Have you ever been at the point in your job or family that you are so busy that you feel like you are just spinning your wheels? There have been times in my own life where I have put so many things into my schedule and filled the in-between-time with other distractions like radio, tv or the internet that little things, then bigger start to slip. We have forgotten the art of relaxing, even if it is only 15 minutes or so to remove the distractions around us. One thing that I have implemented in my own life is to start each day with quiet time for reading and reflection. This is before I check emails, news or the weather. To borrow a book title from one of my favorite authors, Dan Miller, it sets “The Rudder for the Day” for me. I have found that by hitting the “refresh” button each day in the morning, I can react to problems better, be more creative, and see things more clearly.
There was a time last summer when Theresa and I were pulling double duty. We were with a daughter, two towns apart, at softball games. Matthew was with me and we were hanging out in the car watching the game from right field. One of the girls had placed some posters purchased at a garage sale in the visor of my car and gave me explicit instructions to not let Matthew get them. We know in our family that Matthew could be easily employed in a confetti making factory or document shredding company with his ability to relegate large pieces of paper into very tiny ones. I had opened the front windows and the rear hatch to allow for some air flow and all was going well until Matthew decided to crawl into the back area of my small SUV. I had strategically placed some of his puzzle pieces back there to occupy him. It also has a great storage area for my carpentry tools that accompany me where ever I go. I was so engrossed in the game that I did not notice that, one by one, Matthew was tossing my inventory of tools out the back window. By the time I was clued-in, he had emptied one of my tool bags and was moving in the next one. I ran to the back of the truck and began the process of dodging cars and flying tools and picking up the tools that were embedded into the gravel drive from the passing cars. After removing the hammer that was about to be tested on the side window from his hand I began to gain ground. Matthew decided he was done with his tool project and headed to the front of the truck. As I placed the last tool in the truck I noticed that Matthew had zeroed in on the posters and had them all layed out on the dash and front seat, apparently deciding on which one to shred first. I ran to the front of the truck to salvage the posters. As I gathered them and was rolling them back up Matthew was throwing his puzzle pieces out the side windows, bouncing them off the neighboring cars. I had to take a deep breath and “work the problem” instead of the problem working me.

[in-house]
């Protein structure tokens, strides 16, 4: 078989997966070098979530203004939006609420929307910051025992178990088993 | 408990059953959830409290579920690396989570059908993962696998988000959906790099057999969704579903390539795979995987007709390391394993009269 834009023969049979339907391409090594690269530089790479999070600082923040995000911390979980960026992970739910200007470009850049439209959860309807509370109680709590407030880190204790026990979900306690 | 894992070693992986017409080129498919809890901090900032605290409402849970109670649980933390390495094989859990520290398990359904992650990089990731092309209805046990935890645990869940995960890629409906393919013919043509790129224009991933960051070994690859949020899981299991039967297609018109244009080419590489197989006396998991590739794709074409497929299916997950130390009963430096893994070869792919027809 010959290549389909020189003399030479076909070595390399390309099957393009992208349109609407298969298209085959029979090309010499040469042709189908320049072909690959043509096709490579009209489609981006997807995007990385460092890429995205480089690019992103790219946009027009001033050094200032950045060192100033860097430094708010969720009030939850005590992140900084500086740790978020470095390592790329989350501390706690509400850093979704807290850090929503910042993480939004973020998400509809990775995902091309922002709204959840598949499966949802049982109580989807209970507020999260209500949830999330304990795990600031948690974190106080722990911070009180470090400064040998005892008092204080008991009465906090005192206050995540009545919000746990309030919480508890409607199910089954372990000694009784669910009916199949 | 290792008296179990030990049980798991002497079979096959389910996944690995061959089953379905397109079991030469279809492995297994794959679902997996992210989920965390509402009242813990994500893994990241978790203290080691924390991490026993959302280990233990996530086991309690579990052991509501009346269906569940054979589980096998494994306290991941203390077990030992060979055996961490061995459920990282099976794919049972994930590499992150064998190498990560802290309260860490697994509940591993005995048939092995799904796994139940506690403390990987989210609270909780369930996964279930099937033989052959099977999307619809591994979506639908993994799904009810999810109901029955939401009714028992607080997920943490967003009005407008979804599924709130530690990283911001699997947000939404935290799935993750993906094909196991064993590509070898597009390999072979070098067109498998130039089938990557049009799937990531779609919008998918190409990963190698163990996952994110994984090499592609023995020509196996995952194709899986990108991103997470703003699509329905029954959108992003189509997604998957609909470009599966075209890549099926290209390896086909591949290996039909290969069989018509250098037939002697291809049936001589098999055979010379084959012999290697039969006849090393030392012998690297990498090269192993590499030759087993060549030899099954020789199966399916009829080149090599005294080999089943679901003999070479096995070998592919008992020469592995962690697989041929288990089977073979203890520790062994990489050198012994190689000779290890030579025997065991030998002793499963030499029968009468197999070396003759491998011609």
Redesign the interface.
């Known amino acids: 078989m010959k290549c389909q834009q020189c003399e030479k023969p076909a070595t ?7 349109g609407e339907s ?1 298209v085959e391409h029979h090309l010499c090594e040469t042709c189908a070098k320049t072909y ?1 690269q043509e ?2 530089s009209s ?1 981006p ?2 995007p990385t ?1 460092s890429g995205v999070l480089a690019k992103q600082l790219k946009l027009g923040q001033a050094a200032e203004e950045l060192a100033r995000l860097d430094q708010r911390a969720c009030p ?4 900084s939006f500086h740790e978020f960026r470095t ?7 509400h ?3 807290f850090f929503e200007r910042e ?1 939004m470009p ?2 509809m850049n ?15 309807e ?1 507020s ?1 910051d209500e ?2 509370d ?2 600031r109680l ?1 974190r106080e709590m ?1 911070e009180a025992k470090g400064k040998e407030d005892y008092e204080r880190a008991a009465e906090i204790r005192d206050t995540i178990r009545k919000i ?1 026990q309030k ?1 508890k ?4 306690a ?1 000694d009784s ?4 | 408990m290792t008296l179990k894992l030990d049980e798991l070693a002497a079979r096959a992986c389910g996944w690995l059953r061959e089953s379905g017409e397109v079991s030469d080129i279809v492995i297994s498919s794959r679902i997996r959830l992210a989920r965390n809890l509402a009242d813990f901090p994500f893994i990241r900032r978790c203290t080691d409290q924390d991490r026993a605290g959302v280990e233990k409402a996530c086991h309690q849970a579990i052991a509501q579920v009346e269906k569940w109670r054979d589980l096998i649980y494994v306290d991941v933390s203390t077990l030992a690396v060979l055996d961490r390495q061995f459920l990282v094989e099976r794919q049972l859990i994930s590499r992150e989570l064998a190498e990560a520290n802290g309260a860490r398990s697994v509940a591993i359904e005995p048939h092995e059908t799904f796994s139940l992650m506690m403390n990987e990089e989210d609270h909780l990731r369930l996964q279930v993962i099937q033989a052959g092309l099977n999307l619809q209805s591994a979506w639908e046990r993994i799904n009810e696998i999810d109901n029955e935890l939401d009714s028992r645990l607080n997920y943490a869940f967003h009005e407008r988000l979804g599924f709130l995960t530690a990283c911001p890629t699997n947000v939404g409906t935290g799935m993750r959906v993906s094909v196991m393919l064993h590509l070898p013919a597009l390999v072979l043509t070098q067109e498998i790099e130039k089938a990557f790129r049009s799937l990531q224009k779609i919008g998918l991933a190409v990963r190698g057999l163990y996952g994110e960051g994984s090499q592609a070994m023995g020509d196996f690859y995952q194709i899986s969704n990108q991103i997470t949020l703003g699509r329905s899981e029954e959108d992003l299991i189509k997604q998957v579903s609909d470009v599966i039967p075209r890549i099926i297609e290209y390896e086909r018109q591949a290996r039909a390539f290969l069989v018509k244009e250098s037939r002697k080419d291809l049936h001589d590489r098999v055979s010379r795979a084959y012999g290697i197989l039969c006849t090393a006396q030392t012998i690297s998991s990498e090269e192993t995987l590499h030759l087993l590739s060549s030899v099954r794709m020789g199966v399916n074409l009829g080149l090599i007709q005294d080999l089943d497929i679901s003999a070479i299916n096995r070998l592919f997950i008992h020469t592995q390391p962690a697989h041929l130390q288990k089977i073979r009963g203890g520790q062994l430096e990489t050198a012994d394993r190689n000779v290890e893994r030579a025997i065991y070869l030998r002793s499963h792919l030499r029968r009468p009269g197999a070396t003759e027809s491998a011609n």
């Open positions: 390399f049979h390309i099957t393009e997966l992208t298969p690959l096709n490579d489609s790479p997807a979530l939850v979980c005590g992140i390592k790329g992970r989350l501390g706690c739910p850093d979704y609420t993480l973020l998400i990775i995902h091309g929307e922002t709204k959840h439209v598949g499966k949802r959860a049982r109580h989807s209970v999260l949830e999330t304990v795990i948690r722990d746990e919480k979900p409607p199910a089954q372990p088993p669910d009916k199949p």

I did finally real in and gain a foothold on the situation…It was a great metaphor of how our lives can sometimes be.
Learn to take a break now and then and remember that more activity does not always mean more accomplishment.